Haiti has deposited their instrument of ratification to the Hague Permanent Bureau (the “Bureau”) as of December 16, 2013, joining the 1993 Hague Intercountry Adoption Convention (the “Convention”). The Convention will go into force for Haiti on April 1, 2014, provided the Bureau approves. Following the deposit we now know more about the future of adopting from Haiti, but many unknowns still remain. MLJ Adoptions is one of nineteen international adoption agencies working in Haiti.
What do we know about Haiti joining the Hague Convention?
We know that parents adopting from Haiti under the Hague Convention must use a Hague Accredited or Hague Approved Adoption Services Provider, complete Hague compliant education, and will complete the Hague Immigration process using forms I800A and I800 in the future.
We know that Haiti must officially designate a Central Authority following the deposit of the instrument and before the Bureau is able to approve Haiti. The Central Authority in each Convention Country is charged with acting as the authoritative source of information and point of contact in that country for international adoption. On January 6, 2014, it was documented that Haiti has designated a Central Authority with the Bureau. IBESR has been acting in this capacity and realigning their procedures to become Hague-like in preparation for this designation. Though the Bureau has not disclosed the Central Authority designated in its recent updates, it would be unlikely that any governmental entity other than IBESR would be designated.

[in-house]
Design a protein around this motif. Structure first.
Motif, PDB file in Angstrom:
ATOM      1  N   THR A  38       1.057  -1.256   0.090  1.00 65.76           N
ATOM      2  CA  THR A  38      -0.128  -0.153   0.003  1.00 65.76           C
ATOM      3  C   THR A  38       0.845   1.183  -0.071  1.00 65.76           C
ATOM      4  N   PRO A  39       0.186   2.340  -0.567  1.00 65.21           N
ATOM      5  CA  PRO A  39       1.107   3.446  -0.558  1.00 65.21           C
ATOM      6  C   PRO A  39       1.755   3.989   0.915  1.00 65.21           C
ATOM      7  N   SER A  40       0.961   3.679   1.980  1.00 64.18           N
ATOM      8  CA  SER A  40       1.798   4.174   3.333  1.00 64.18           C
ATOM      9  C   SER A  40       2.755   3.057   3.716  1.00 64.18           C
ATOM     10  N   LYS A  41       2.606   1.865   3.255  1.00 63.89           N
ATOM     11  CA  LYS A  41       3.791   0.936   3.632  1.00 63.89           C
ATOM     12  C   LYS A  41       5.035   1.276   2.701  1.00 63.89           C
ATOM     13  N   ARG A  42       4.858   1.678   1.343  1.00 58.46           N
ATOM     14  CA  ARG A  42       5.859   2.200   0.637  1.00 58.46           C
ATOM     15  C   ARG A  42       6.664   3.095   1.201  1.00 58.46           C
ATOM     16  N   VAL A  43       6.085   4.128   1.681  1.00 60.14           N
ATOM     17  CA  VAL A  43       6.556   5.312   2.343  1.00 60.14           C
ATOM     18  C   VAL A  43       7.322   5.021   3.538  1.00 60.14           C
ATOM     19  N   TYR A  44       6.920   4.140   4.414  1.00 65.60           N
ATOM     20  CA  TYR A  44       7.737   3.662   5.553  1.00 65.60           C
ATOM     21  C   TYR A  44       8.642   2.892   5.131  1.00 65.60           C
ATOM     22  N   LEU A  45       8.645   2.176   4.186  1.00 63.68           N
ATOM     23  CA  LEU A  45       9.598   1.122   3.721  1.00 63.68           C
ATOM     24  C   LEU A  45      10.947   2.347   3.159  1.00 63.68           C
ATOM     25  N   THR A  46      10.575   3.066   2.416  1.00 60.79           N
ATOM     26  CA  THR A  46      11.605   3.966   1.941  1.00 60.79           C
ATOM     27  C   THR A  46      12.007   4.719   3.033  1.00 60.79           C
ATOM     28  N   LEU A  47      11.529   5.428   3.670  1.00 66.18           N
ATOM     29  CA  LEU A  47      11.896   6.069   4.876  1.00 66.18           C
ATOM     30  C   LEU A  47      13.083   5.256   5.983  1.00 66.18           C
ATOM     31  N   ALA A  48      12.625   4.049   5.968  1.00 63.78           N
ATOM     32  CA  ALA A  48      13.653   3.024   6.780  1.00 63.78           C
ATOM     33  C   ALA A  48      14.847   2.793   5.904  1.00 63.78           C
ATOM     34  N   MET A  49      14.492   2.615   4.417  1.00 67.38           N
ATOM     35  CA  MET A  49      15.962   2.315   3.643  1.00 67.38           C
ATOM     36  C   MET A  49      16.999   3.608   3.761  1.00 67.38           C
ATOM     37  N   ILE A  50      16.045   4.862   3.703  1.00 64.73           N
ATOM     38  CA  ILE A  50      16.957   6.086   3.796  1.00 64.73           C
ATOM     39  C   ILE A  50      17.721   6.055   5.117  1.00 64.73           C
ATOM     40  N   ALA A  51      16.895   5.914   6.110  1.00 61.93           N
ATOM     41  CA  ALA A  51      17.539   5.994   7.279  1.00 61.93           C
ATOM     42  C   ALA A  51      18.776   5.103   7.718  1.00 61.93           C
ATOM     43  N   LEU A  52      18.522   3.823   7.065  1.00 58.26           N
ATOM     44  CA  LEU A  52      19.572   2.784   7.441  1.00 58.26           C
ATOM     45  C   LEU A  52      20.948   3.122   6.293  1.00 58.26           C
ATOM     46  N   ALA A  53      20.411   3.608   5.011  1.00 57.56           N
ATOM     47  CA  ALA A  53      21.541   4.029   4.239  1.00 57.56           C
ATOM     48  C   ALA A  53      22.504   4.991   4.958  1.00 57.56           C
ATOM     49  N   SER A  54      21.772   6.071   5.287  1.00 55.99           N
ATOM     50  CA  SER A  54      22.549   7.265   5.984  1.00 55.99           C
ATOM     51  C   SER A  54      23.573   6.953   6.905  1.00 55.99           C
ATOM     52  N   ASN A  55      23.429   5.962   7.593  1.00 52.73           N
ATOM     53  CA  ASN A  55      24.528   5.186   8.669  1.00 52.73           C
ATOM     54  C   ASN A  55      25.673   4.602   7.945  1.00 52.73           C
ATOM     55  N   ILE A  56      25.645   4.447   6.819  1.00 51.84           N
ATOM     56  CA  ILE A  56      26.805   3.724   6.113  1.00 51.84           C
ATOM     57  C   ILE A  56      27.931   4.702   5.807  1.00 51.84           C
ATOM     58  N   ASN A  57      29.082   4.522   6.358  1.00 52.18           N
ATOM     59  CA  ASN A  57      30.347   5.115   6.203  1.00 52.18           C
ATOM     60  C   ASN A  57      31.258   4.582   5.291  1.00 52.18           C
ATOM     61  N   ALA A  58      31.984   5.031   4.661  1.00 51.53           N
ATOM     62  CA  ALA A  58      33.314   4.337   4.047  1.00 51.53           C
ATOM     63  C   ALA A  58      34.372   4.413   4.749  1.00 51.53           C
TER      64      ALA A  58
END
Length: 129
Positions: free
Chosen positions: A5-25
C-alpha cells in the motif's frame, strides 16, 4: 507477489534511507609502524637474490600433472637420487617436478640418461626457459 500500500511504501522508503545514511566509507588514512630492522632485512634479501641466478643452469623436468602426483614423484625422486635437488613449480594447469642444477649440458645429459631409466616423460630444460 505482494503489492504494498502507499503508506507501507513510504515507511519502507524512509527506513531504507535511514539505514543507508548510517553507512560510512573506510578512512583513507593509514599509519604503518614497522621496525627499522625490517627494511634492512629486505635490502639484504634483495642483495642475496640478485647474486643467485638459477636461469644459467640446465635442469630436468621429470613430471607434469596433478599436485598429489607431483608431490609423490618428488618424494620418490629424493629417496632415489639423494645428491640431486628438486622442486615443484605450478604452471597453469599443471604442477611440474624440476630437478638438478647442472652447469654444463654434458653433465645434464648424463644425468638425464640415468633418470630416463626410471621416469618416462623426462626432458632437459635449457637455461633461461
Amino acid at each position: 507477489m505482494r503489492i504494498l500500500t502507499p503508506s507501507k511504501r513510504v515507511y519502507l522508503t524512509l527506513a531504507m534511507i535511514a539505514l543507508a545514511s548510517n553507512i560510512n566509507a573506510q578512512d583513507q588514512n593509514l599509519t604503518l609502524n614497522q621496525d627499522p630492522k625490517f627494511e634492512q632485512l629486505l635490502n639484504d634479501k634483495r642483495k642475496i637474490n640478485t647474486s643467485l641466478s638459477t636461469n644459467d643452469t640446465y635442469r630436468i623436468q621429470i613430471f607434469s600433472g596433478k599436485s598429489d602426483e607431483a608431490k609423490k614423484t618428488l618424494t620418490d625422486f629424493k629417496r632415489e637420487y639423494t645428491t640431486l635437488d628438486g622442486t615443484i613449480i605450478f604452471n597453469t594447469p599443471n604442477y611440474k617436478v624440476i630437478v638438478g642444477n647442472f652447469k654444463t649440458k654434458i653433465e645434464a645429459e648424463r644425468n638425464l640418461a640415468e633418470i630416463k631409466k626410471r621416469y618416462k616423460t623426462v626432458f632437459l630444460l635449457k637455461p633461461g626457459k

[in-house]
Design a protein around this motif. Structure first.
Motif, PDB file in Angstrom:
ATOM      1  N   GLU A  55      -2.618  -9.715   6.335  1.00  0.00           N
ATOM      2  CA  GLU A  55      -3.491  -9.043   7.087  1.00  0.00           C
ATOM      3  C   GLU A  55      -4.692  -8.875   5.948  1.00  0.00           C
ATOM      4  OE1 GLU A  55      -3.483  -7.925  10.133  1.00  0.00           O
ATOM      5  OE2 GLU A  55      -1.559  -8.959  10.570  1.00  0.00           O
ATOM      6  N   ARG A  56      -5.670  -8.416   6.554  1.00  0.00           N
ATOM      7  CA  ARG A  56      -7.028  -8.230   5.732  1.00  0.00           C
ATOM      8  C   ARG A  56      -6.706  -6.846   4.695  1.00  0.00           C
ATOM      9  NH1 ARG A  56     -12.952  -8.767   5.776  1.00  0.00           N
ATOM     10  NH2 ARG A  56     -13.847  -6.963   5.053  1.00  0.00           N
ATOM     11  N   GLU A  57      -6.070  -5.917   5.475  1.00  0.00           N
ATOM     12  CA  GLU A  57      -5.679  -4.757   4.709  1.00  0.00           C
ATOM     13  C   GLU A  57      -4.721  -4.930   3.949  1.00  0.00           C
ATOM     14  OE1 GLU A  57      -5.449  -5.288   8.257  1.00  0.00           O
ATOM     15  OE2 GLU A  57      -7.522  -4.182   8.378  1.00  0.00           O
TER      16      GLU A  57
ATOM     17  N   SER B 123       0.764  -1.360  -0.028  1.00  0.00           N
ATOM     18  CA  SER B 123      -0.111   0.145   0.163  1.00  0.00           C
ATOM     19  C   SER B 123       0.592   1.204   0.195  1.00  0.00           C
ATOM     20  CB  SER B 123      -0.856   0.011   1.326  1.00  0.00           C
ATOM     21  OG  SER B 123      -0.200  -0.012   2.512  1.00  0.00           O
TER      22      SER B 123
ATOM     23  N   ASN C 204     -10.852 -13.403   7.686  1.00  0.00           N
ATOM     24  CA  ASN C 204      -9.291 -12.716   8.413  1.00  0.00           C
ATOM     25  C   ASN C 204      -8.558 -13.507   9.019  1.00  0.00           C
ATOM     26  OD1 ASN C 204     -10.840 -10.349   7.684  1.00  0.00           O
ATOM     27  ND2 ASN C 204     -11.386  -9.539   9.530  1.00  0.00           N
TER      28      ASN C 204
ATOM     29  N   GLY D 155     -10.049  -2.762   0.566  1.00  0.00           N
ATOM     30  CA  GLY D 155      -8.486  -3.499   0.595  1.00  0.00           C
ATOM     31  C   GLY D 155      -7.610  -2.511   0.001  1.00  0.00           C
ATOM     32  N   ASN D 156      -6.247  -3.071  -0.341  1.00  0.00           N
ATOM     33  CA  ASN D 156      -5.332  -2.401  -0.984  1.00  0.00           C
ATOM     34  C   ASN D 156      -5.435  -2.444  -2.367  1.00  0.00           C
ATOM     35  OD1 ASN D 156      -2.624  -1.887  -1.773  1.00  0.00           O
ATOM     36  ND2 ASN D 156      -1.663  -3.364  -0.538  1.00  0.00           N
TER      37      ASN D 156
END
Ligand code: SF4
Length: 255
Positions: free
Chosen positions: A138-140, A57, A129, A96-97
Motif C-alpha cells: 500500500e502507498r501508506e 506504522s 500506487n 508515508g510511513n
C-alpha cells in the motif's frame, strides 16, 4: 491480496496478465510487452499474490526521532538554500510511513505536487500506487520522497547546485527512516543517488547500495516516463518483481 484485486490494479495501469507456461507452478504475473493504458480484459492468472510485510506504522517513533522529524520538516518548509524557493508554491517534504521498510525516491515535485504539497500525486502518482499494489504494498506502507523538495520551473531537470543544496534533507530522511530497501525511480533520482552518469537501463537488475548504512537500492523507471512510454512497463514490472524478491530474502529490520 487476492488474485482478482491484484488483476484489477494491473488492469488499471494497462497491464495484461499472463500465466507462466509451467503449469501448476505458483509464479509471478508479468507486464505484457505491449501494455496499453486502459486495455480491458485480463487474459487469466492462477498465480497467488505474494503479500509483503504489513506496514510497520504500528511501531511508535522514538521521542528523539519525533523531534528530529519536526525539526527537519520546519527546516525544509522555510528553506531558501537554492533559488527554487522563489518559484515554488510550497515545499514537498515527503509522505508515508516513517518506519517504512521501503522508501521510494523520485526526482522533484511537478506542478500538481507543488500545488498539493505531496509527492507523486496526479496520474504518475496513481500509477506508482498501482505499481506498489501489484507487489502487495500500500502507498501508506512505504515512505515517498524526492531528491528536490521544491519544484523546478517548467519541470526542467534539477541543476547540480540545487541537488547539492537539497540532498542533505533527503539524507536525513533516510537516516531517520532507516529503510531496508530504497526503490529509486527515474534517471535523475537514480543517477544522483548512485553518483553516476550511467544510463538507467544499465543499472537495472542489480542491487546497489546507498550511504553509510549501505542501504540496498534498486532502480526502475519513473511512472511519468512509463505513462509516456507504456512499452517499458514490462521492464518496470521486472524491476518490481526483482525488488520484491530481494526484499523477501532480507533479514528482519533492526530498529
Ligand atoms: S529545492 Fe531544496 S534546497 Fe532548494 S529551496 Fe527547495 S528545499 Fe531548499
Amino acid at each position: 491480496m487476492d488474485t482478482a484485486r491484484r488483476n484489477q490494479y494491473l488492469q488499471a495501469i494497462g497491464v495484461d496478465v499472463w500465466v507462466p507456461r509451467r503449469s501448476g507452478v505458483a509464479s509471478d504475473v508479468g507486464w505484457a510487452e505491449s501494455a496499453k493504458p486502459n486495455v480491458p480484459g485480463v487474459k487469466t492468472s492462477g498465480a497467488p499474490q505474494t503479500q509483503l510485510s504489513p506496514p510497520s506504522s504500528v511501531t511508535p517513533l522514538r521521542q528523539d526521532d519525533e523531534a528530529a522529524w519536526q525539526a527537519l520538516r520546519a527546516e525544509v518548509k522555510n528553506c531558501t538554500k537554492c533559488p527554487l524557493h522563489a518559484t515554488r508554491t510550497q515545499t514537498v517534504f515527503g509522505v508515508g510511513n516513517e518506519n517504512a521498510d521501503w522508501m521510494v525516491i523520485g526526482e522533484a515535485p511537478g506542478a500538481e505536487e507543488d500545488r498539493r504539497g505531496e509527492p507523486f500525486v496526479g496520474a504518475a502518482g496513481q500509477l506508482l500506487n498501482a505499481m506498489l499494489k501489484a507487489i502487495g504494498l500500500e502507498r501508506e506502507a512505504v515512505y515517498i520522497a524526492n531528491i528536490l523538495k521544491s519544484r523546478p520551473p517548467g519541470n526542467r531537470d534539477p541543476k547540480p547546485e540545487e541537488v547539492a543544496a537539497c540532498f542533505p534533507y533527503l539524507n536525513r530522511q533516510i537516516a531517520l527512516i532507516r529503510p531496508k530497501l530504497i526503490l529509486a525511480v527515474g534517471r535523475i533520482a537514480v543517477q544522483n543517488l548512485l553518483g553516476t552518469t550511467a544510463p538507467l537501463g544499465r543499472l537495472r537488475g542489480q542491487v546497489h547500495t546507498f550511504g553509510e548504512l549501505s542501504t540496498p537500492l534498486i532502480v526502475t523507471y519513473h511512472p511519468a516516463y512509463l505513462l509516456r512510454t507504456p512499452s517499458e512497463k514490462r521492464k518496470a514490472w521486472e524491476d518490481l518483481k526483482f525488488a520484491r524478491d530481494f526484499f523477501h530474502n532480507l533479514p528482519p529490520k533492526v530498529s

We know that the deposit means that following April 1, 2014, adoptions from Haiti must be Hague compliant. However, a grandfathering scheme for adoptions initiated under the non-Hague/Orphan process by filing their I600A prior to April 1, 2014 may be permitted.
What is still unknown about Haiti joining the Hague Convention?
U.S. Department of State is currently reviewing Haiti’s compliance with Hague and the results of this review are unkown. Convention adoptions will not be permitted between Haiti and the US following the implementation of the Convention, unless the U.S. State Department makes a determination that Haiti is Hague compliant. We will all be keeping a lookout for the State Department to find that Haiti is compliant, and therefore may be designated as a “U.S. Hague Partner.”
Since July 11, 2012, when the Haitian Parliament ratified the Hague Convention, US advocacy organizations (such as Joint Council on International Children’s Services) have worked diligently to educate IBESR and other governmental players in the international adoption process about Hague compliance. We know from experience that Haiti and IBESR have shown a commitment to Hague compliance standards, as they see them. Haiti has made many changes in getting to this point becoming more centralized in adoption processing and more transparent, as is required under Hague. We are hopeful that the efforts made in Haiti are implemented in a Hague compliant manner and in the best interests of all Haitian children.
There will still be unknowns regarding how adoption visas will be processed for families during this transition. Depending on where a family is in the adoption process, the family may be grandfathered in under the Orphan process to receive an IR3 or IR4 visa to travel to the US. We do not yet know which cases may be grandfathered by the Haitian government for dossier and adoption processing or by the US government for adoption approvals and immigration.
The international adoption process in Haiti is open and adoptions are being processed. We will be continuing to monitor the progress of Haiti’s transition to Hague. We are hopeful that this transition will be a smooth one and be looked to as an example of success for resource poor countries seeking to become Hague. We look forward to seeing the stability and transparency that Hague will bring to international adoptions from Haiti.